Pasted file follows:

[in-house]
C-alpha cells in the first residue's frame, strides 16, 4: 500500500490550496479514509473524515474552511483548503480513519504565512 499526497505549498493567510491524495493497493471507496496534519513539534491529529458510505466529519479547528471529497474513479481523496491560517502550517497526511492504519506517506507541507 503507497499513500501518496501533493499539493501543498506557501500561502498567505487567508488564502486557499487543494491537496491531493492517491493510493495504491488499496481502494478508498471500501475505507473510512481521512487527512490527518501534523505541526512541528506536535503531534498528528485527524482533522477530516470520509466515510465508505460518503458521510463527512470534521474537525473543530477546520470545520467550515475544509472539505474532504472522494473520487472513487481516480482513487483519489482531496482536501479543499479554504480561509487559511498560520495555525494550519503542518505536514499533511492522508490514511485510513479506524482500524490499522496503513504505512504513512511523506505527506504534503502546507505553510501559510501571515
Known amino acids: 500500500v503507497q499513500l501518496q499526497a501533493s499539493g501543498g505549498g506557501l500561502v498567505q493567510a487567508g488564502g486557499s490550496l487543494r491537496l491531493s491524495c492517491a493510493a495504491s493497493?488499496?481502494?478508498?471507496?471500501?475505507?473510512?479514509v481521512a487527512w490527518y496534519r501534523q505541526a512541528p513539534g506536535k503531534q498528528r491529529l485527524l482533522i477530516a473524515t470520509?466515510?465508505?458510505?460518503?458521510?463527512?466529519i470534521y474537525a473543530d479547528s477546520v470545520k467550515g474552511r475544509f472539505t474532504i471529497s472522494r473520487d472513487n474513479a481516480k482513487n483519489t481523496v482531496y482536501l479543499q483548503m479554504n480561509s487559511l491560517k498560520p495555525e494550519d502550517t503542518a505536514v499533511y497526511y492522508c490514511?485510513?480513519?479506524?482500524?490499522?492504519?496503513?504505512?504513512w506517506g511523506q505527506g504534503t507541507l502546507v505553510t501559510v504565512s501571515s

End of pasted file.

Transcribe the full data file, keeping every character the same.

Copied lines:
[in-house]
C-alpha cells in the first residue's frame, strides 16, 4: 500500500490550496479514509473524515474552511483548503480513519504565512 499526497505549498493567510491524495493497493471507496496534519513539534491529529458510505466529519479547528471529497474513479481523496491560517502550517497526511492504519506517506507541507 503507497499513500501518496501533493499539493501543498506557501500561502498567505487567508488564502486557499487543494491537496491531493492517491493510493495504491488499496481502494478508498471500501475505507473510512481521512487527512490527518501534523505541526512541528506536535503531534498528528485527524482533522477530516470520509466515510465508505460518503458521510463527512470534521474537525473543530477546520470545520467550515475544509472539505474532504472522494473520487472513487481516480482513487483519489482531496482536501479543499479554504480561509487559511498560520495555525494550519503542518505536514499533511492522508490514511485510513479506524482500524490499522496503513504505512504513512511523506505527506504534503502546507505553510501559510501571515
Known amino acids: 500500500v503507497q499513500l501518496q499526497a501533493s499539493g501543498g505549498g506557501l500561502v498567505q493567510a487567508g488564502g486557499s490550496l487543494r491537496l491531493s491524495c492517491a493510493a495504491s493497493?488499496?481502494?478508498?471507496?471500501?475505507?473510512?479514509v481521512a487527512w490527518y496534519r501534523q505541526a512541528p513539534g506536535k503531534q498528528r491529529l485527524l482533522i477530516a473524515t470520509?466515510?465508505?458510505?460518503?458521510?463527512?466529519i470534521y474537525a473543530d479547528s477546520v470545520k467550515g474552511r475544509f472539505t474532504i471529497s472522494r473520487d472513487n474513479a481516480k482513487n483519489t481523496v482531496y482536501l479543499q483548503m479554504n480561509s487559511l491560517k498560520p495555525e494550519d502550517t503542518a505536514v499533511y497526511y492522508c490514511?485510513?480513519?479506524?482500524?490499522?492504519?496503513?504505512?504513512w506517506g511523506q505527506g504534503t507541507l502546507v505553510t501559510v504565512s501571515s